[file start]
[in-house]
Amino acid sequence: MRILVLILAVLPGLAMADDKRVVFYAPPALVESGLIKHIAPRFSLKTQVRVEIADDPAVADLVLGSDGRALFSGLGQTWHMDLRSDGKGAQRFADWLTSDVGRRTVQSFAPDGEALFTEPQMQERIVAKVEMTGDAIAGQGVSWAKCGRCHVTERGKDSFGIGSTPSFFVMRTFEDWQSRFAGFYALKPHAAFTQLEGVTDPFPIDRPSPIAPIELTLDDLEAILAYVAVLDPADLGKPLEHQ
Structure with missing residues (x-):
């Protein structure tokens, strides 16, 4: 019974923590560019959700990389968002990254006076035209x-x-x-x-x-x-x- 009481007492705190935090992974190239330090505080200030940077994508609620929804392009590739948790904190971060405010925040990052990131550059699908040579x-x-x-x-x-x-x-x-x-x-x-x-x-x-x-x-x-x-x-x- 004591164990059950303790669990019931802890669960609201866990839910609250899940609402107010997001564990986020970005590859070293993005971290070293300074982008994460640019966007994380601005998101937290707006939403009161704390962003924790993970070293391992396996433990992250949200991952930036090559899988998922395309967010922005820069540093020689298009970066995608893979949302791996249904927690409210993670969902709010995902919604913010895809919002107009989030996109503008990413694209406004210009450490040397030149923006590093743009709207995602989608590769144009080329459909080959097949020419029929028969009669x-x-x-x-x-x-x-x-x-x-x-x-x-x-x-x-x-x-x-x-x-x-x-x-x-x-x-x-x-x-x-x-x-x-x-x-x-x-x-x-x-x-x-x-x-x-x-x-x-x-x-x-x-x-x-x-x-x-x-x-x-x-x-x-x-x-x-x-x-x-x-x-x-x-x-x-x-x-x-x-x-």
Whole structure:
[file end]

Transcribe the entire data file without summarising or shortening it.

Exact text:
[in-house]
Amino acid sequence: MRILVLILAVLPGLAMADDKRVVFYAPPALVESGLIKHIAPRFSLKTQVRVEIADDPAVADLVLGSDGRALFSGLGQTWHMDLRSDGKGAQRFADWLTSDVGRRTVQSFAPDGEALFTEPQMQERIVAKVEMTGDAIAGQGVSWAKCGRCHVTERGKDSFGIGSTPSFFVMRTFEDWQSRFAGFYALKPHAAFTQLEGVTDPFPIDRPSPIAPIELTLDDLEAILAYVAVLDPADLGKPLEHQ
Structure with missing residues (x-):
């Protein structure tokens, strides 16, 4: 019974923590560019959700990389968002990254006076035209x-x-x-x-x-x-x- 009481007492705190935090992974190239330090505080200030940077994508609620929804392009590739948790904190971060405010925040990052990131550059699908040579x-x-x-x-x-x-x-x-x-x-x-x-x-x-x-x-x-x-x-x- 004591164990059950303790669990019931802890669960609201866990839910609250899940609402107010997001564990986020970005590859070293993005971290070293300074982008994460640019966007994380601005998101937290707006939403009161704390962003924790993970070293391992396996433990992250949200991952930036090559899988998922395309967010922005820069540093020689298009970066995608893979949302791996249904927690409210993670969902709010995902919604913010895809919002107009989030996109503008990413694209406004210009450490040397030149923006590093743009709207995602989608590769144009080329459909080959097949020419029929028969009669x-x-x-x-x-x-x-x-x-x-x-x-x-x-x-x-x-x-x-x-x-x-x-x-x-x-x-x-x-x-x-x-x-x-x-x-x-x-x-x-x-x-x-x-x-x-x-x-x-x-x-x-x-x-x-x-x-x-x-x-x-x-x-x-x-x-x-x-x-x-x-x-x-x-x-x-x-x-x-x-x-």
Whole structure: